Instead of being on the road, these coaches are now operating from their desks at home.
“I think we’re ahead of the game in that regard,” Ioane said. “We can’t get to those areas and to the kids in person, so it comes back to being creative and finding new ways in which we can connect with our recruits.”
The Bobcat coaches have had more time to evaluate the game film of potential players. They can still reach them and their families by social media messages, phone calls or video chats. They can still provide virtual tours of campus and videos of game-day experiences.
The key, Choate said, is keeping in touch with them consistently. He believes the teams that maintain connections, showing they care and giving them the same comfort Finch felt years ago, will be the ones those players want to visit when NCAA restrictions are lifted.
“In lieu of us trying to get them to come here, we’re trying to push them to look at us from a remote aspect,” Choate said. “You’ve got to get a little bit creative.”
The Bobcats are proving they can still promote themselves. Within the past two weeks, they have signed five new players including two FBS transfers. Only one of them visited campus.
Bobcat coaches have spoken of patching up holes in the roster, especially those left by departures such as that of twin brother cornerbacks Ty’Rhae and Ty’Rese Gibson, who are transferring.
The Bobcats not only addressed the defensive secondary by signing Arizona grad transfer and safety Chacho Ulloa, they also tried to bolster the line of scrimmage and the running game, which has been Choate’s highest point of emphasis both in recruiting and his desired style of play.
University of Washington graduate transfer John Clark, who toured MSU’s campus, became the fourth player to join the defensive front from the Huskies in the past three seasons. Ben Seymour, a defensive lineman, led College of the Canyons as a freshman in 2019 with 12 sacks.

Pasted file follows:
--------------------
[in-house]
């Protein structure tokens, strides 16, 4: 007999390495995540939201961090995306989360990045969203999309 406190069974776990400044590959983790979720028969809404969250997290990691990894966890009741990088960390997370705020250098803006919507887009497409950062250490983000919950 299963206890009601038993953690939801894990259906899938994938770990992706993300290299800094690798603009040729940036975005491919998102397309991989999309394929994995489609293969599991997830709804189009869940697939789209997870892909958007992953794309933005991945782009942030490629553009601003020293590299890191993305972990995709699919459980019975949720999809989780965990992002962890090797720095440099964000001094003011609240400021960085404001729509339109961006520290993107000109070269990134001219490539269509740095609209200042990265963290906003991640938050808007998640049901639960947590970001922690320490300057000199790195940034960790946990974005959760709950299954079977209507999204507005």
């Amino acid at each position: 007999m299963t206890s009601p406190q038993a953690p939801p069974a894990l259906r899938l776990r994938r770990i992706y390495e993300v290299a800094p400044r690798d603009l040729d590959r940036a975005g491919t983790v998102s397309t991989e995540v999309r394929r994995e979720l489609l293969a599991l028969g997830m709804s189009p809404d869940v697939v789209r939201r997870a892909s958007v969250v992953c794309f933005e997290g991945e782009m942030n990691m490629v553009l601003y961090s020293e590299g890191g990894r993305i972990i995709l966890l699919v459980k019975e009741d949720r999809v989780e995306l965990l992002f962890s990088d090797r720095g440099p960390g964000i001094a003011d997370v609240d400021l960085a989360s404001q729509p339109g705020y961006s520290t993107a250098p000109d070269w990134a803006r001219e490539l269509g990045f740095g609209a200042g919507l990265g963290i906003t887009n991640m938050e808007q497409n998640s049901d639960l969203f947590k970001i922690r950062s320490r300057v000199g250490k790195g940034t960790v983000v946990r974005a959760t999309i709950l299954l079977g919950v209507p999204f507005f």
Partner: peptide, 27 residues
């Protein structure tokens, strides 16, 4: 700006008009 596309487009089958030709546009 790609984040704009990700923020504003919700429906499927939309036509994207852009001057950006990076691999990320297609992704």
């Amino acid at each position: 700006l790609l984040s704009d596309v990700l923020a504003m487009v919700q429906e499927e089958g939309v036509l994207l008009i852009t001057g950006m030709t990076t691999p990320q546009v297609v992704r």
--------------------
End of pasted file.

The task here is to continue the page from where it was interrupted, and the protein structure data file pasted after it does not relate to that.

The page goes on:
Offensive lineman Cole Sain, whose father and uncle played for the Bobcats in the 1980s, transferred from Riverside Community College after redshirting at Montana.
MSU also signed versatile running back Elijah Elliott from Portland (Oregon) Central Catholic High School. He rushed for 1,073 yards on 135 carries in a first-team all-conference senior year and totaled 2,816 yards and 41 touchdowns in his career.
“They had to trust us and we had to trust them,” Choate said in a press release about the four transfers. “But I think they all felt very comfortable with the direction of the program, with the reputation Montana State has athletically and academically, and none of us really know what the future might hold, so I’m glad they decided to hop in now.”
By demonstrating flexibility, MSU still hopes to build its program how it wants.
“Everybody is going through the same thing so everybody has to find new ways to reach student-athletes and figure out how to still showcase the strengths that you have as a program and a community and a university,” Ioane said.
“I don’t feel like we should lose out on anybody because I still feel strongly about how well we can recruit even given the situation that we’re in.”